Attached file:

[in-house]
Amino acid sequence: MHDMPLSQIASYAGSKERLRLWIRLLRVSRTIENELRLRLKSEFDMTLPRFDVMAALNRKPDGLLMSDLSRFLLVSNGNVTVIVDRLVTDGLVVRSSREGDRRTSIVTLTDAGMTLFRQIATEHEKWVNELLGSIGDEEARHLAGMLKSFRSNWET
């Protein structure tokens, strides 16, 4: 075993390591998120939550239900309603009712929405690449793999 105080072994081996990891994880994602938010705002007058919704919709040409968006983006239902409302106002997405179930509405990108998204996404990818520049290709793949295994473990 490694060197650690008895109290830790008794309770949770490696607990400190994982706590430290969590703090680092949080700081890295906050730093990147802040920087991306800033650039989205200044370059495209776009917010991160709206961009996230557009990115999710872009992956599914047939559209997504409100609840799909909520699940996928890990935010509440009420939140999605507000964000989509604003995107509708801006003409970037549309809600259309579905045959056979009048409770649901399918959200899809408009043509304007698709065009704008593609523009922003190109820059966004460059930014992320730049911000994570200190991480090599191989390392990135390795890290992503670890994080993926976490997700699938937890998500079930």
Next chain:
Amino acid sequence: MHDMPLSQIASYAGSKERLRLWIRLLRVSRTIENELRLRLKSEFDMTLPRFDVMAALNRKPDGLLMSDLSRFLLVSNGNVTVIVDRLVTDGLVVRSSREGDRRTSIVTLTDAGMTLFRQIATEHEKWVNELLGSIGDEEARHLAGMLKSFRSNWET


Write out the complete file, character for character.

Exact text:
[in-house]
Amino acid sequence: MHDMPLSQIASYAGSKERLRLWIRLLRVSRTIENELRLRLKSEFDMTLPRFDVMAALNRKPDGLLMSDLSRFLLVSNGNVTVIVDRLVTDGLVVRSSREGDRRTSIVTLTDAGMTLFRQIATEHEKWVNELLGSIGDEEARHLAGMLKSFRSNWET
């Protein structure tokens, strides 16, 4: 075993390591998120939550239900309603009712929405690449793999 105080072994081996990891994880994602938010705002007058919704919709040409968006983006239902409302106002997405179930509405990108998204996404990818520049290709793949295994473990 490694060197650690008895109290830790008794309770949770490696607990400190994982706590430290969590703090680092949080700081890295906050730093990147802040920087991306800033650039989205200044370059495209776009917010991160709206961009996230557009990115999710872009992956599914047939559209997504409100609840799909909520699940996928890990935010509440009420939140999605507000964000989509604003995107509708801006003409970037549309809600259309579905045959056979009048409770649901399918959200899809408009043509304007698709065009704008593609523009922003190109820059966004460059930014992320730049911000994570200190991480090599191989390392990135390795890290992503670890994080993926976490997700699938937890998500079930």
Next chain:
Amino acid sequence: MHDMPLSQIASYAGSKERLRLWIRLLRVSRTIENELRLRLKSEFDMTLPRFDVMAALNRKPDGLLMSDLSRFLLVSNGNVTVIVDRLVTDGLVVRSSREGDRRTSIVTLTDAGMTLFRQIATEHEKWVNELLGSIGDEEARHLAGMLKSFRSNWET